They stop in the middle of the road with no prior warning. They honk nonstop whenever they see pedestrians walking the sidewalk (even if on opposite direction from the route they are taking). Most of them are over crowded with humans  yet they insist on squeezing you somewhere back there. It seems that only one station functions in those cars; the arabic news station. And if you are lucky and your driver is a happy person (which is rare from what I have heard) old arabic songs blast nonstop from their radio.

Driving behind or next to a “service” is challenging to even the most careful and skillful driver. From stopping suddenly to pick up customers to changing lanes abruptly, one must be careful not as much as for the bipolar senile behind the wheel but for his mastering technics that might leave a scratch, bump or two on your brand new wheels.

 

2- The Lady in the 4/4

She thinks that she owns the roads for the simple fact that she does not own anything back in the house she shares with her parents or the home she lives with her husband. The only thing that she has in her name is her beloved Range Rover model 2015, all black everything black. You can easily picture her driving head up high, her snooty nose almost touching the ceiling and her pouty lips gazing at nothing at all .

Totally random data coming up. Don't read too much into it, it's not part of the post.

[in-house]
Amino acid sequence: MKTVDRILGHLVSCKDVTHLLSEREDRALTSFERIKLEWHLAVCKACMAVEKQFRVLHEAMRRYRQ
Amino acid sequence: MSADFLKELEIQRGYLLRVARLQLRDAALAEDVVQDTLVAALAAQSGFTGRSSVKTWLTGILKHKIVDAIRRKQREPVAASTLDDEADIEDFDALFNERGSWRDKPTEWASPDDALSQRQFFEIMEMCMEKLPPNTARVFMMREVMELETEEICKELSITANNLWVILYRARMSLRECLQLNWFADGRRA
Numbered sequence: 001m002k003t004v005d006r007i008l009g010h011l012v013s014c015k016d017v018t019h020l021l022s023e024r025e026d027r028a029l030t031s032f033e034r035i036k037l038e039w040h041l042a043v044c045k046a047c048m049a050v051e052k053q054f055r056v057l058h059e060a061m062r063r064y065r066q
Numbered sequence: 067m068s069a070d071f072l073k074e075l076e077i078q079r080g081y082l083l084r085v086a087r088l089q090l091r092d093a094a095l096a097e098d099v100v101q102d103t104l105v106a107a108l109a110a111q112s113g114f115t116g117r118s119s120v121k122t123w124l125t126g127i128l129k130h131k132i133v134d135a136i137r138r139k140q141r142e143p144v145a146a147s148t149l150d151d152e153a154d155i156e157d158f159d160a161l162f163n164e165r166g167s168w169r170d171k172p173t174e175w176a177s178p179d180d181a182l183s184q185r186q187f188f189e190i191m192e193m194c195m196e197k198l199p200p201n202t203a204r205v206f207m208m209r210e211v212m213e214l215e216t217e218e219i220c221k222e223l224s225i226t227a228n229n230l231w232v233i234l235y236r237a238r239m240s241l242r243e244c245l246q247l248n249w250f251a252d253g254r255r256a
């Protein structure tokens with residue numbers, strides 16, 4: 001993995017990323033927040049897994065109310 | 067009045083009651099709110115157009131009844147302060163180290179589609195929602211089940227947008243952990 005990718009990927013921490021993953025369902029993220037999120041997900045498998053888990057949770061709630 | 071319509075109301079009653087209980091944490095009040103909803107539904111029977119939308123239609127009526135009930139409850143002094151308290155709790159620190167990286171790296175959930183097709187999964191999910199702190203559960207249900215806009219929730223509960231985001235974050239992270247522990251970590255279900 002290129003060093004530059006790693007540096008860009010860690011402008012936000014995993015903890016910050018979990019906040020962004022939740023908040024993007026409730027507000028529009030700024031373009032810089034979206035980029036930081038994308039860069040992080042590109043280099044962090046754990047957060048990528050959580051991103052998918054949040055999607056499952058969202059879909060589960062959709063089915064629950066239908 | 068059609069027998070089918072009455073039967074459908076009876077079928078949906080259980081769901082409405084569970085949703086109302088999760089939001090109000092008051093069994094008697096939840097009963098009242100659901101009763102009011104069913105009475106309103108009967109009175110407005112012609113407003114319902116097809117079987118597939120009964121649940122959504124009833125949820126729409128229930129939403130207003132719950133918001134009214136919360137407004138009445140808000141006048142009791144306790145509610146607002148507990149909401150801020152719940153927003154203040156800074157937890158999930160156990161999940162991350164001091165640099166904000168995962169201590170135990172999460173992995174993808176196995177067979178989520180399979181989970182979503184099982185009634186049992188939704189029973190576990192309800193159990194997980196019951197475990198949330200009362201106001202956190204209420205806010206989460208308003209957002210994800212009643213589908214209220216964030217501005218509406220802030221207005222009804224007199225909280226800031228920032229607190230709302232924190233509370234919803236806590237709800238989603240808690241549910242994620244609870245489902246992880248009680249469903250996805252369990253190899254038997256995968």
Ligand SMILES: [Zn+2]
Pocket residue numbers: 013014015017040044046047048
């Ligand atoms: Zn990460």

She drives carelessly and most of the time aimlessly. She perceives herself as the only one on the road, hence you can imagine her driving skills. She does not acknowledge any other car driving beside her and would toss you away and even run you over if you dared to pass her. Perched on top of her seat, you can only dream (and count the seconds till she passes) if you ever want to cross the street, even if it’s your right to.